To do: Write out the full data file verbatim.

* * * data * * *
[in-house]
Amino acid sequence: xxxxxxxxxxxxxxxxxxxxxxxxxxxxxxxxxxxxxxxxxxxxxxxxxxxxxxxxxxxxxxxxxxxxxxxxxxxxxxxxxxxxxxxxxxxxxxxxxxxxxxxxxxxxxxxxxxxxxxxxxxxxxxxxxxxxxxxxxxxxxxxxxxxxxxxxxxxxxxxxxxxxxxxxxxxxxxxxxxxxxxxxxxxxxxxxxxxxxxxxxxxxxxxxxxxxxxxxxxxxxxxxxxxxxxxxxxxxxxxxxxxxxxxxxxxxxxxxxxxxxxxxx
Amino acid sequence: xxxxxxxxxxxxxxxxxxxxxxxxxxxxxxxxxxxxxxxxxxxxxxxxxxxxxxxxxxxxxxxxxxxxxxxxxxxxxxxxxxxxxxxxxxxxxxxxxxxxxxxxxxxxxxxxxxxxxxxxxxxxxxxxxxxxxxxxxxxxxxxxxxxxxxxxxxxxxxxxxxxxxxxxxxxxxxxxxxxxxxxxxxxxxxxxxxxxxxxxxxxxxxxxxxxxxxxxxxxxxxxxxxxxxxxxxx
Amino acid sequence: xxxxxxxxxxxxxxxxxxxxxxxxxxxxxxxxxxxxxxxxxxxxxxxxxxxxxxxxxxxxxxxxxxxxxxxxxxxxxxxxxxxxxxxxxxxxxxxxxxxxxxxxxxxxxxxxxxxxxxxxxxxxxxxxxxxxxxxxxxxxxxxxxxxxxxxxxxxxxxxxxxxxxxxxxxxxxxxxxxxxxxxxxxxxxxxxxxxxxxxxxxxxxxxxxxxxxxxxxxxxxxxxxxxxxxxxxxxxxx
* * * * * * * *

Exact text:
[in-house]
Amino acid sequence: xxxxxxxxxxxxxxxxxxxxxxxxxxxxxxxxxxxxxxxxxxxxxxxxxxxxxxxxxxxxxxxxxxxxxxxxxxxxxxxxxxxxxxxxxxxxxxxxxxxxxxxxxxxxxxxxxxxxxxxxxxxxxxxxxxxxxxxxxxxxxxxxxxxxxxxxxxxxxxxxxxxxxxxxxxxxxxxxxxxxxxxxxxxxxxxxxxxxxxxxxxxxxxxxxxxxxxxxxxxxxxxxxxxxxxxxxxxxxxxxxxxxxxxxxxxxxxxxxxxxxxxxx
Amino acid sequence: xxxxxxxxxxxxxxxxxxxxxxxxxxxxxxxxxxxxxxxxxxxxxxxxxxxxxxxxxxxxxxxxxxxxxxxxxxxxxxxxxxxxxxxxxxxxxxxxxxxxxxxxxxxxxxxxxxxxxxxxxxxxxxxxxxxxxxxxxxxxxxxxxxxxxxxxxxxxxxxxxxxxxxxxxxxxxxxxxxxxxxxxxxxxxxxxxxxxxxxxxxxxxxxxxxxxxxxxxxxxxxxxxxxxxxxxxx
Amino acid sequence: xxxxxxxxxxxxxxxxxxxxxxxxxxxxxxxxxxxxxxxxxxxxxxxxxxxxxxxxxxxxxxxxxxxxxxxxxxxxxxxxxxxxxxxxxxxxxxxxxxxxxxxxxxxxxxxxxxxxxxxxxxxxxxxxxxxxxxxxxxxxxxxxxxxxxxxxxxxxxxxxxxxxxxxxxxxxxxxxxxxxxxxxxxxxxxxxxxxxxxxxxxxxxxxxxxxxxxxxxxxxxxxxxxxxxxxxxxxxxx